Commercial real estate in Lincoln shows steady market

In total, NAI FMA Realty manages about 4 million square feet of commercial property in Lincoln.
Published: Mar. 20, 2023 at 10:10 PM CDT
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LINCOLN, Neb. (KOLN) -Three years ago, many businesses were starting to limit operations or close their doors because of the pandemic. In total, NAI FMA Realty manages about 4 million square feet of commercial property in Lincoln. They put together market reports about every six months. The most recent dove into how the sector fared at the back end of 2022.

While the residential real estate market continues to fluctuate, in Lincoln, on the commercial side, things like shops, offices, and industrial spaces have remained steady.

“Post-pandemic, things are starting to come back,” said Mike Ball, NAI FMA Realty. “Slowly but surely.”

An area that has been shaped by the pandemic is office space. As more companies in Lincoln work off a hybrid model of in-person and remote work, changes have been made. People who are expected to work in person are looking for more amenities.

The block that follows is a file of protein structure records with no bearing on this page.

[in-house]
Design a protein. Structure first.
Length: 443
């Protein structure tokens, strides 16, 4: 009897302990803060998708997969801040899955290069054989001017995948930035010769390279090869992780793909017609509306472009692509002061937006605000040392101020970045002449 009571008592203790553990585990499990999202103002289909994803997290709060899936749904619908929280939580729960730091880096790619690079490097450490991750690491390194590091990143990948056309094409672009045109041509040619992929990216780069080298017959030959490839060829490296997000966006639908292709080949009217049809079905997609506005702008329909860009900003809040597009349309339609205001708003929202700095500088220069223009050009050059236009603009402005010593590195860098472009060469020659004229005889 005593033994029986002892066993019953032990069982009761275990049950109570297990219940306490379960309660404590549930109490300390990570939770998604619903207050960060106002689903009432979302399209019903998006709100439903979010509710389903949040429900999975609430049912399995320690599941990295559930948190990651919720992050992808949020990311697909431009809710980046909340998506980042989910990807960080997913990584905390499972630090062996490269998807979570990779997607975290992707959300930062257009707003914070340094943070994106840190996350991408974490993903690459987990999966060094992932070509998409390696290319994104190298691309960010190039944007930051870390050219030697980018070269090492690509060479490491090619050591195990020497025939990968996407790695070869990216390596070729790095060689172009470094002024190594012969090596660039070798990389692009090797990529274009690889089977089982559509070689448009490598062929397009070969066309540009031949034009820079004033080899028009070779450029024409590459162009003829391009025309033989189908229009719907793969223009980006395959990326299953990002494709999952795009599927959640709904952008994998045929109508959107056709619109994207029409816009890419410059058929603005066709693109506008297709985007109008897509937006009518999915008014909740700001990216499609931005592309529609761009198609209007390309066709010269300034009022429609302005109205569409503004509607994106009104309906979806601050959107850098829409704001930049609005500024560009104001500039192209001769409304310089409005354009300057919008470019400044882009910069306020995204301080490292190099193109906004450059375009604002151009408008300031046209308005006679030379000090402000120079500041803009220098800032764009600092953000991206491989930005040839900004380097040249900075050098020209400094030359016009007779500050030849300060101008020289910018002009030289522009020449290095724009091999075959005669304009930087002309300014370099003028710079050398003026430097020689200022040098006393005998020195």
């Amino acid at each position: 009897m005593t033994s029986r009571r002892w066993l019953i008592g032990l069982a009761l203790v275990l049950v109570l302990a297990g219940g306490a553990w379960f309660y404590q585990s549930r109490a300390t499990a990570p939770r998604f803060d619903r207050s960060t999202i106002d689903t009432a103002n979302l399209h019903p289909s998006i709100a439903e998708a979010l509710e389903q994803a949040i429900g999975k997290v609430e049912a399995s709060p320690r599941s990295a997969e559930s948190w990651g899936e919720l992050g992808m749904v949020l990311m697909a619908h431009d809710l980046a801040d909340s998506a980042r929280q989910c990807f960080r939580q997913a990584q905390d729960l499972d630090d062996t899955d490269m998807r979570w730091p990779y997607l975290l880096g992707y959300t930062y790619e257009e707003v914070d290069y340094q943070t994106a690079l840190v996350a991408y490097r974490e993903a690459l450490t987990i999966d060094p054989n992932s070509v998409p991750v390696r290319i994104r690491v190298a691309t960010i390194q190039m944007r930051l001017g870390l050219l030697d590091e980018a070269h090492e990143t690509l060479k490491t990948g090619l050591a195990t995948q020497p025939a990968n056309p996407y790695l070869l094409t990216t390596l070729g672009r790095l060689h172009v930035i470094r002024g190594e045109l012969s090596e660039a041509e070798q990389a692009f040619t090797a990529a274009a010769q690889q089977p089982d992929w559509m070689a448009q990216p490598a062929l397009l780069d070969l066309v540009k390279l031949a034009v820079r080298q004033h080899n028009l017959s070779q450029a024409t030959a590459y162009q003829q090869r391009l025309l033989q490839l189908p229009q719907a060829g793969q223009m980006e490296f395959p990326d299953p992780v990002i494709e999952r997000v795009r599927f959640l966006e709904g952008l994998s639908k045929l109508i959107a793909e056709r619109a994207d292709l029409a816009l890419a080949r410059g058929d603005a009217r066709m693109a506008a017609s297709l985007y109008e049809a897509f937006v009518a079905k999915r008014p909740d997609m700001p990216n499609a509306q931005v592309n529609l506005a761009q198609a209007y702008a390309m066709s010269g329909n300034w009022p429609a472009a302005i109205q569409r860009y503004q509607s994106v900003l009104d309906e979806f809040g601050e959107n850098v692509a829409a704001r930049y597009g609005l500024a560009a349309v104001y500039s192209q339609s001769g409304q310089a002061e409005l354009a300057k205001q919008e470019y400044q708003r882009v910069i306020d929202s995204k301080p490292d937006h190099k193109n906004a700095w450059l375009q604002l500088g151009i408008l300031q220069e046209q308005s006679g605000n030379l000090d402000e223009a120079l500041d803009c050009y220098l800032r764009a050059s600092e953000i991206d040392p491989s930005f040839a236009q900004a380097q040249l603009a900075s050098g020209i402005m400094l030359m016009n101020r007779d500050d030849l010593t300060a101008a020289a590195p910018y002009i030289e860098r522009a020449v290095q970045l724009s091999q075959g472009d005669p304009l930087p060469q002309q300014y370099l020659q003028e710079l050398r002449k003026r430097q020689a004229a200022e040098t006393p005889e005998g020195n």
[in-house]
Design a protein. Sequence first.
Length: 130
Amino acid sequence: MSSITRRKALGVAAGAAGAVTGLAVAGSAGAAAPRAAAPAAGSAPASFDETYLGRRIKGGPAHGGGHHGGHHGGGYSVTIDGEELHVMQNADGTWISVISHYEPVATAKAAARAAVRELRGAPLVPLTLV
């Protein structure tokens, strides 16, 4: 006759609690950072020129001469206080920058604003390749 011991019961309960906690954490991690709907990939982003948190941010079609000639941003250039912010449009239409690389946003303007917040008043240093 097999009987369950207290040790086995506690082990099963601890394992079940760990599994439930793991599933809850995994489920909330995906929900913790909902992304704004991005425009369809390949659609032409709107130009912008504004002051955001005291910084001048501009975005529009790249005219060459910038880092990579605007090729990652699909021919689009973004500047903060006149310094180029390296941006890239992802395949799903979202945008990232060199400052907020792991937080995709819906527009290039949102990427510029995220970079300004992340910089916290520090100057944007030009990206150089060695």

“To potentially entice people to come back to the office, such as a gym, or, you know, better parking, all kinds of different things,” Ball said.

An encouraging trend that was consistent across the board in the second half of 2022, there were not as many for sale or for rent signs. Office, industrial and retail categories all saw a drop in the number of vacant spaces. For retail, it’s the lowest that number has been in four years.

“You know, as you drive around, you might notice that a lot of the big boxes are not empty,” Ball said. “And a lot of the neighborhood retailers are pretty full with very little vacancy.”

Despite ongoing economic indicators, Lincoln’s market is usually stronger than what you would see nationally, meaning the outlook for commercial properties is good.

“I think looking into ‘23, I still think we’ll have that same trend is kind of a healthy even, even flow throughout the year,” Ball said.

One area that did see a decline in construction on industrial and office spaces. In the latter half of 2022, there was a drop in building new places and updating existing ones in those two categories. The report said that can be attributed to rising interest rates and high construction costs.